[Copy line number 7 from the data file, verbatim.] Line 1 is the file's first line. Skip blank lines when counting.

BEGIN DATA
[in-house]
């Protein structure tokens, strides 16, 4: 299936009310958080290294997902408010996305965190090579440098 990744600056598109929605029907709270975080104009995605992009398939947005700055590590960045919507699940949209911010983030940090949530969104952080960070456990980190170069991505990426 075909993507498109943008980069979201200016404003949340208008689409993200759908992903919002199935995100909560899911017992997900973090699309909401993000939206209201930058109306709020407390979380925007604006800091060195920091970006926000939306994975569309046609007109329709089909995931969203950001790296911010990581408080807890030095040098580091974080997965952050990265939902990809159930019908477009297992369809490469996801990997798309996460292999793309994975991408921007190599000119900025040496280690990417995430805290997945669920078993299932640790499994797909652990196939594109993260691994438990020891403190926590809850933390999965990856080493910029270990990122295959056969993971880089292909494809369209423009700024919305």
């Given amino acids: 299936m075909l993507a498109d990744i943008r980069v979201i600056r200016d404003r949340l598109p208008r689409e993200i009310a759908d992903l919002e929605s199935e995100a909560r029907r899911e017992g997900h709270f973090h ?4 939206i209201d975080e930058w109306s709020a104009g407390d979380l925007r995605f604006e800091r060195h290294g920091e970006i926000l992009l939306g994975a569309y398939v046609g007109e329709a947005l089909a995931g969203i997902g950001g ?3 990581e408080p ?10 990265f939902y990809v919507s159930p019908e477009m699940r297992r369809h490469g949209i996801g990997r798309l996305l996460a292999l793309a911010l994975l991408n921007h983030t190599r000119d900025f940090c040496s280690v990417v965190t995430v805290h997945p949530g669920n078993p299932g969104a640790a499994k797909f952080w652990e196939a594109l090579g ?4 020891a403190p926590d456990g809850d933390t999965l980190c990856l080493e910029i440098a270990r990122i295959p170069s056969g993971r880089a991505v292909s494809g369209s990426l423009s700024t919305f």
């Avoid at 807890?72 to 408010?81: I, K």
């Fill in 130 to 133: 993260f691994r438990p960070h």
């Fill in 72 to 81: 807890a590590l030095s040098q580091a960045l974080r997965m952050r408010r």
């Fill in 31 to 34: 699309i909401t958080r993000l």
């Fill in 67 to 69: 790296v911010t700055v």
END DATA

């Fill in 31 to 34: 699309i909401t958080r993000l």